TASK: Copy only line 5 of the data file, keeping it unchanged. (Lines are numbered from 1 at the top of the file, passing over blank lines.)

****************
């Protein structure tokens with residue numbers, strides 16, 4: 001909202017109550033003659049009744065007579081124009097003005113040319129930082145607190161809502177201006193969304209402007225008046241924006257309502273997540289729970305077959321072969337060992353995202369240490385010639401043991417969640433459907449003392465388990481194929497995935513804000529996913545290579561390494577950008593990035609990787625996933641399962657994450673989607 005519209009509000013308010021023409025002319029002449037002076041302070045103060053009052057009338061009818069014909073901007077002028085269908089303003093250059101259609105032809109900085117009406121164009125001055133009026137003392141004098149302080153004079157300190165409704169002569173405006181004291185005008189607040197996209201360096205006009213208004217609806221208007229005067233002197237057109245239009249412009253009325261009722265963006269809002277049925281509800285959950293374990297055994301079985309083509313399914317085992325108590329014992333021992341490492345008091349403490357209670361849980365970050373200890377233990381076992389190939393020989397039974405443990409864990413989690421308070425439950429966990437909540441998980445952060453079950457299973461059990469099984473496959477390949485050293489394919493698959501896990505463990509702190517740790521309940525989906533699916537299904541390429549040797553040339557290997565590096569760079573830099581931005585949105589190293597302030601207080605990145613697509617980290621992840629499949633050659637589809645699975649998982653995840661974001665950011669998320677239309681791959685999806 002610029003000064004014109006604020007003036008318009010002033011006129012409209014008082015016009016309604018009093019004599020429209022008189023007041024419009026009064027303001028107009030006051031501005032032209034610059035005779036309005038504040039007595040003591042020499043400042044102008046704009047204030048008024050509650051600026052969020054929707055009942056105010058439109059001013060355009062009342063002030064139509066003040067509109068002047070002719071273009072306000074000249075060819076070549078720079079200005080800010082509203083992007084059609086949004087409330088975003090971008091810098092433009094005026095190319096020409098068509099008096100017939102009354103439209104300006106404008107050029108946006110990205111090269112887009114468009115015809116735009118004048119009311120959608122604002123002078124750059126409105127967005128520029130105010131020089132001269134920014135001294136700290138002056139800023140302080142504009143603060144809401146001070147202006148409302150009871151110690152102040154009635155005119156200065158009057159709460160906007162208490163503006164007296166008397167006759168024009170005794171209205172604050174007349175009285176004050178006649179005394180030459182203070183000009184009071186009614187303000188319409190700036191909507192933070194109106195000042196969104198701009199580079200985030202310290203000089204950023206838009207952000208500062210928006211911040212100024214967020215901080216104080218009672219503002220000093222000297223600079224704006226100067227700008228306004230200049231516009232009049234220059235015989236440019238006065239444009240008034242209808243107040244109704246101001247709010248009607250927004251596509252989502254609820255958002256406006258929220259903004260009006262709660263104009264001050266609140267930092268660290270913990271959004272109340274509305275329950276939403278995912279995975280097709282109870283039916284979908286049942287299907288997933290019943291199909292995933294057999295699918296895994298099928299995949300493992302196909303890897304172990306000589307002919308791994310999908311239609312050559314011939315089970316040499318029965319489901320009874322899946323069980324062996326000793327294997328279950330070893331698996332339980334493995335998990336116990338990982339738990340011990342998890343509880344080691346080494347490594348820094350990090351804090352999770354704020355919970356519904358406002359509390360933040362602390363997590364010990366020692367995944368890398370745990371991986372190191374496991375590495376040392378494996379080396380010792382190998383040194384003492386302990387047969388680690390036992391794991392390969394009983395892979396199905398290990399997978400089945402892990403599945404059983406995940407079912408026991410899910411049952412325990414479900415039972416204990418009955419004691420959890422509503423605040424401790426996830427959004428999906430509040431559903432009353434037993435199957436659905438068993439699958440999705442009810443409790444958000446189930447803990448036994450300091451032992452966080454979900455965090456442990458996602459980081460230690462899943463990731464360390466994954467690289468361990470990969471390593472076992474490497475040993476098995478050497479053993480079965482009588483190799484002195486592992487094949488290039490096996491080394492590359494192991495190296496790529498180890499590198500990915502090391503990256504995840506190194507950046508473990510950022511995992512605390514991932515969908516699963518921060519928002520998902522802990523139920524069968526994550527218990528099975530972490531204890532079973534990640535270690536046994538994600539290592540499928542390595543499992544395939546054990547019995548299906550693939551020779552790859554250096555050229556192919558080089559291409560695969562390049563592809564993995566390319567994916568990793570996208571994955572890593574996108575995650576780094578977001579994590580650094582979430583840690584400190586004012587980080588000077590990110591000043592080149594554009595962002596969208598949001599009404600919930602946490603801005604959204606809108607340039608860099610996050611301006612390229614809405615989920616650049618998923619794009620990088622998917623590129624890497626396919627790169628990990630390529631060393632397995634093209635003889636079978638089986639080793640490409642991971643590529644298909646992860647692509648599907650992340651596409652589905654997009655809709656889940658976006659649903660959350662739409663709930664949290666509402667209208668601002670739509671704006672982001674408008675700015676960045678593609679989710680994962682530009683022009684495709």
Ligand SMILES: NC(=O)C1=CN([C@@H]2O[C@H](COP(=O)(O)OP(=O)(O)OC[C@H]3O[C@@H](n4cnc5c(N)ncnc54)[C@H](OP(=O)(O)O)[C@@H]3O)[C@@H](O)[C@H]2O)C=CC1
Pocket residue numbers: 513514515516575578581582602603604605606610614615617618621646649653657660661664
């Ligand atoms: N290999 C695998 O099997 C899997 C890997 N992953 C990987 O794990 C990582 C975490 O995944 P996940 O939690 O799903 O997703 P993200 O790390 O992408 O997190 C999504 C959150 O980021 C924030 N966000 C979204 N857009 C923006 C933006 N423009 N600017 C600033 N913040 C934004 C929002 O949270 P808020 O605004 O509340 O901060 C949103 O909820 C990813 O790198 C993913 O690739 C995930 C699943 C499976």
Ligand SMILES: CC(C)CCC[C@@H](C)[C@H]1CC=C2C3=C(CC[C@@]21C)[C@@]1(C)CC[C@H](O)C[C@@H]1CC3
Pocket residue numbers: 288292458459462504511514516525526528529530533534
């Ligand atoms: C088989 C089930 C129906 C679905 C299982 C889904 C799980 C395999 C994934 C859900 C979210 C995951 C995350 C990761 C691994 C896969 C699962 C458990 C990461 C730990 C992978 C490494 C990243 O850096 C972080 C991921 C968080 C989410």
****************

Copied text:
Ligand SMILES: CC(C)CCC[C@@H](C)[C@H]1CC=C2C3=C(CC[C@@]21C)[C@@]1(C)CC[C@H](O)C[C@@H]1CC3